To Beat Trump Biden Must Erode and Erase His False Image of Strength
In a time of chaos the strongman wins. That simple lesson from history is why Donald Trump may win re-election in November notwithstanding current polling. In fact, I’m convinced there is only one reliable way to stop Trump from triumphing yet again: by unmasking him as a complete and total wimp, a weakling. Elections are all about images. If Trump goes into election day 2020 looking like the strongest leader on the ballot he will win. If he looks like what he really is, the wimpiest wimp to ever crawl across the American political stage, he will lose. It’s as simple as that.
Trump’s false image of strength is the only thing he still has going for him. Trump knows that. It’s why he relentlessly tries to project strength at every turn, uses words designed to make him sound tough, bullies others, fails to show empathy, won’t wear a mask in public, and so on. Trump’s charade is to look like a strong leader. It reflects his simplistic, animalistic approach to politics and leadership. Look strong, act strong, appear tough, and voters in numbers sufficient to enable victory will impute to him the strength to stand up for them and our country. That, combined with thinly-veiled racism, is Trump’s entire political strategy. Act like a tough guy. It worked last time. It can work again if not effectively countered.
That’s why I feel compelled to write this open memo about messaging to my friends on Team Biden. I’ll make it short and simple. To beat Trump you must go after the foundation of his support and rip it from its moorings. You must turn his greatest strength into his greatest weakness. To do so, you must develop effective ways, which you have not yet done, to reveal, highlight, and reinforce Trump’s public identity as a wimp, a weakling. Please take a lesson from how President George W. Bush, who had evaded service in Vietnam, defeated his 2004 rival, democratic party nominee Senator John Kerry, a Vietnam war veteran. The GOP got that dirty job done by relying on the notorious “swift boat” campaign, an assortment of lies carefully calibrated to alter public perceptions about the military experience Kerry enjoyed over Bush. The Bush campaign team understood Kerry’s appeal, and then smartly, even viciously, went right at it and undermined it. By election day, enough voters were confused about Kerry’s military service to enable a narrow Bush victory. To win in 2020, Democrats must do the same thing to Trump’s false image of strength. Convince enough Trump supporters that he is not the tough guy they think he is, that he conned them, and Biden will win all 50 states.
I was an early supporter of Biden 2020. I thought then and think now that among the possible candidates Vice President Biden is best positioned to beat Trump. I like and admire Joe Biden and I adore his wife, Jill, who has done more for community colleges and working students than any other living American. But Biden’s victory is not assured. What’s more, at the national level my beloved but often inept Democratic Party has a regrettable history of booting away elections it should win even when it has more campaign funds on hand, as it did during Hillary Clinton’s 2016 losing effort which was characterized by unforced messaging errors.
These days, I get daily emails from Team Biden, the DNC, and associated groups telling me that in 2020 everything depends on my financial donations, my “digging into my pocket until it hurts.” No, it does not. The outcome of the next election does not hinge on my financial contributions. It hinges on whether those who receive my contributions know what to do with them and, more specifically, whether they understand what Trump brings to the electoral table well enough to stop him in his tracks.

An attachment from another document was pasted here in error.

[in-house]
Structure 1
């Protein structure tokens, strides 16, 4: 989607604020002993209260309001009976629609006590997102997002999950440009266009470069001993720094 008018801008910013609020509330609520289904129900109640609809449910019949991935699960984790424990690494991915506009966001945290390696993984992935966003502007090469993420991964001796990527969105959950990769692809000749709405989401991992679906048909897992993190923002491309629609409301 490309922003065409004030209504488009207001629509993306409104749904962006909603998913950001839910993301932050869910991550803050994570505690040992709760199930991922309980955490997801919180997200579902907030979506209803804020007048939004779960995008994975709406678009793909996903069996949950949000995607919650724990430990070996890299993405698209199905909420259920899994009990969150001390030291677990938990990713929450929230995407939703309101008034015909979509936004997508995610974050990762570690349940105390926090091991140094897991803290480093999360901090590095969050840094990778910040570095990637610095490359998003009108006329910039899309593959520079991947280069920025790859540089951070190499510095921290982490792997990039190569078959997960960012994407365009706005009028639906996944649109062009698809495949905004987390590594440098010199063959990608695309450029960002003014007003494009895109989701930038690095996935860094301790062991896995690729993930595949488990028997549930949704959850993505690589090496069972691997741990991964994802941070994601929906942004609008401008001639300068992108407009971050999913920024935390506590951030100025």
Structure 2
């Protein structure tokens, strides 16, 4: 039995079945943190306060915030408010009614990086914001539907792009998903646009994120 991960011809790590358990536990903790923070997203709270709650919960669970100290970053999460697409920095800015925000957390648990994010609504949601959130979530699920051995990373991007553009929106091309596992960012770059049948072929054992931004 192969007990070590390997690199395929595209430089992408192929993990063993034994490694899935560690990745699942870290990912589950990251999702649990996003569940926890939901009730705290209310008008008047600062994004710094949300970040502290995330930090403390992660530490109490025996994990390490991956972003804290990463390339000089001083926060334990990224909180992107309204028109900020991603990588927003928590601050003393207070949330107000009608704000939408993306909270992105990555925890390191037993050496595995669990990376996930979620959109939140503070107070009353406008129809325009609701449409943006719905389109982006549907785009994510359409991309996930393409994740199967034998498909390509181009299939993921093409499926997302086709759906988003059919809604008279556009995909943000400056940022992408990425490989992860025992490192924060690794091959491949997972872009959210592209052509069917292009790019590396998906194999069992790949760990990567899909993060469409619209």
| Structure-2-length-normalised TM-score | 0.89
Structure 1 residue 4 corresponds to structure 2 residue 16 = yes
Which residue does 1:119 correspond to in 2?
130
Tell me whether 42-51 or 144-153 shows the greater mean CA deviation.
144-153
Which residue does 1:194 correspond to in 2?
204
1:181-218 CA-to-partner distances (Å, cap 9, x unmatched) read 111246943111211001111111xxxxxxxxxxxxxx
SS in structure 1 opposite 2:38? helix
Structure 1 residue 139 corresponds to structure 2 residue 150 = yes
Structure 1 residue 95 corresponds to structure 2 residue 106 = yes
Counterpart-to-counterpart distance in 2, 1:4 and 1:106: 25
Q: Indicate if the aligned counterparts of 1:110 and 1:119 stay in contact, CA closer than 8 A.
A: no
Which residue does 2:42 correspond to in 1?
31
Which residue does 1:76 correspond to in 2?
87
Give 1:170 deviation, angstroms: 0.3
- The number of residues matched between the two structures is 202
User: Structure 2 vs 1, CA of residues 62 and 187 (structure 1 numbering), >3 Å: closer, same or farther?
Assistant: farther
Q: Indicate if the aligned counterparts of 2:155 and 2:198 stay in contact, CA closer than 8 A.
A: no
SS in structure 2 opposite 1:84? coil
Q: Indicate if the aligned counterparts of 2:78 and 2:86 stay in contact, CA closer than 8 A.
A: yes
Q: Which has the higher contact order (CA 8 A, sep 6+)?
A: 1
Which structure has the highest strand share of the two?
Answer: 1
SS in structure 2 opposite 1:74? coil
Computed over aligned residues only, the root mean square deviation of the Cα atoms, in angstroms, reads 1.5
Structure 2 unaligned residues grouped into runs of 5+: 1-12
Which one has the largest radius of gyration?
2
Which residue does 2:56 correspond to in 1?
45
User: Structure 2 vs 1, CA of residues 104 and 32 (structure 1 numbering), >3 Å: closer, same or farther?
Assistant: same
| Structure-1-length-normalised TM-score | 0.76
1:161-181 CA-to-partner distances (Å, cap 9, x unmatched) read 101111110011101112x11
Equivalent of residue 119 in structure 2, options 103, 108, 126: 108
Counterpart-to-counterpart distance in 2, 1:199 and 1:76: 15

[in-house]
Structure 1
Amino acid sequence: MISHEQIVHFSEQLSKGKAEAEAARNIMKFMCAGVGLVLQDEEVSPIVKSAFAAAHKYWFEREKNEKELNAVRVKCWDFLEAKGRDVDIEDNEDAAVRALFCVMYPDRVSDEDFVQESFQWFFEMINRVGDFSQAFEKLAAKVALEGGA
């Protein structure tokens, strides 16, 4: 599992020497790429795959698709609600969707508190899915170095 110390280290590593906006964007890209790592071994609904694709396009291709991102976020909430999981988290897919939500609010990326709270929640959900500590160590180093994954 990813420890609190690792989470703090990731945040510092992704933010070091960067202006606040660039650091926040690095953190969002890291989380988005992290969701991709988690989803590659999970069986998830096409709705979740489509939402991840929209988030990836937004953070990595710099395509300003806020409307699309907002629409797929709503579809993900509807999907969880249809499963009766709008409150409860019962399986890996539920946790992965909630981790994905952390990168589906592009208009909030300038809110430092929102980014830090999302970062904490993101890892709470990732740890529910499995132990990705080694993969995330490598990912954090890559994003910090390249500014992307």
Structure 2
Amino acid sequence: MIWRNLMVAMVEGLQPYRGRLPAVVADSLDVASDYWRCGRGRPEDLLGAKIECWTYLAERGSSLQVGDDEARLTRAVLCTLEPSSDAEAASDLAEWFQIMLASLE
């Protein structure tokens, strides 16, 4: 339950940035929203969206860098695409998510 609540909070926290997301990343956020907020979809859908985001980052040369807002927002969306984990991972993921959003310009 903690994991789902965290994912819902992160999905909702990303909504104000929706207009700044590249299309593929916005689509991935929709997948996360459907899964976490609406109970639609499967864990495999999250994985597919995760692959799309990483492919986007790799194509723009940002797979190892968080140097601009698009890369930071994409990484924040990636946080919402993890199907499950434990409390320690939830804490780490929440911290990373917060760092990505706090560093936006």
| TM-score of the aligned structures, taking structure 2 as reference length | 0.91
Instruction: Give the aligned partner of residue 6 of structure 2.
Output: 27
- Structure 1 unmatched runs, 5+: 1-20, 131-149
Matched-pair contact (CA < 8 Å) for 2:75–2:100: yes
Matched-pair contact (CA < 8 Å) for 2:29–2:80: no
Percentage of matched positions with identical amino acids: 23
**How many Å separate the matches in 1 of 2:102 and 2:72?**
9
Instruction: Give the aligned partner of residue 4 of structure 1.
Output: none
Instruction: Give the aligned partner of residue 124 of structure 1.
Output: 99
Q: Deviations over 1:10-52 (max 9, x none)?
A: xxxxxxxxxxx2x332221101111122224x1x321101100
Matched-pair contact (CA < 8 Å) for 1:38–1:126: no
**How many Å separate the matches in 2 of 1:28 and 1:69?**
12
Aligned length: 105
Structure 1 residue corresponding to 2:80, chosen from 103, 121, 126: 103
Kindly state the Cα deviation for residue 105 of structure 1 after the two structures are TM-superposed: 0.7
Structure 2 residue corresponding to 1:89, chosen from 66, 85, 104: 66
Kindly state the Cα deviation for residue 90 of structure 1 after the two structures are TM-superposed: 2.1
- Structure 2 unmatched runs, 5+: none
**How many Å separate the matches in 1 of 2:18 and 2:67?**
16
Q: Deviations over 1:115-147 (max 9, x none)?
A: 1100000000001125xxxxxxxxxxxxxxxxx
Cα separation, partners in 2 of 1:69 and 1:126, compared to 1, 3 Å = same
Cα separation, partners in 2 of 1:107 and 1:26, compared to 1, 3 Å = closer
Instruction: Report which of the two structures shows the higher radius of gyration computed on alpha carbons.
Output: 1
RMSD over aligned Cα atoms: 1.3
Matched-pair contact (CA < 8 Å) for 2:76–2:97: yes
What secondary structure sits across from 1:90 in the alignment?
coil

Fortunately, Team Biden can win the debate about strength if it is smart enough to join it. Joe Biden’s life is a textbook story, straight out of Hollywood, of strength and courage. Not reality show courage but real courage, like the way he picked himself up after the devastating auto accident that killed his first wife and child, or the strength of character he exhibited when he set aside his own ambitions to serve faithfully and well as Vice President to a younger Barack Obama, and the way he perseveres despite losing his beloved son, Beau, to cancer. More than a few times Biden has done something courageous Trump has never once done: he has admitted errors and pledged himself with humility to fixing his mistakes. That takes strength. Real strength. Not false bully strength. Real strength.
It’s a safe bet that as the election approaches Trump will do all he can to sow chaos, to create anxiety, to stoke public fears, and to create the scary political climate within which he hopes his charade of strength will prove convincing to enough voters. Team Biden must anticipate those developments now and be ready to counter them with a narrative that illuminates both Joe Biden’s strength as a leader and person and the weakness that lies at the heart of Trump’s character.
When I was a kid in grade school there was a bully named Chuck who had all the other kids terrorized. He was taller than most kids our age, took cookies from our lunches, threw our coats on the ground, peed on our shoes (yes, he did that) and generally amused himself by roughing up smaller kids. One day, fed up, I walked right up to him and punched him as hard as I could right in his nose. Chuck crumpled to the floor crying. After that, no one was afraid of Chuckie anymore. That’s how bullies operate. You have to strip away the image of strength they use to intimidate others. Stripped of that image, they have nothing.
Joe Biden: A Strong Leader. Donald Trump: a Wimp. That’s the way to win.
Hal Plotkin served as Senior Policy Advisor in the U.S. Department of Education during the administration of President Barack Obama.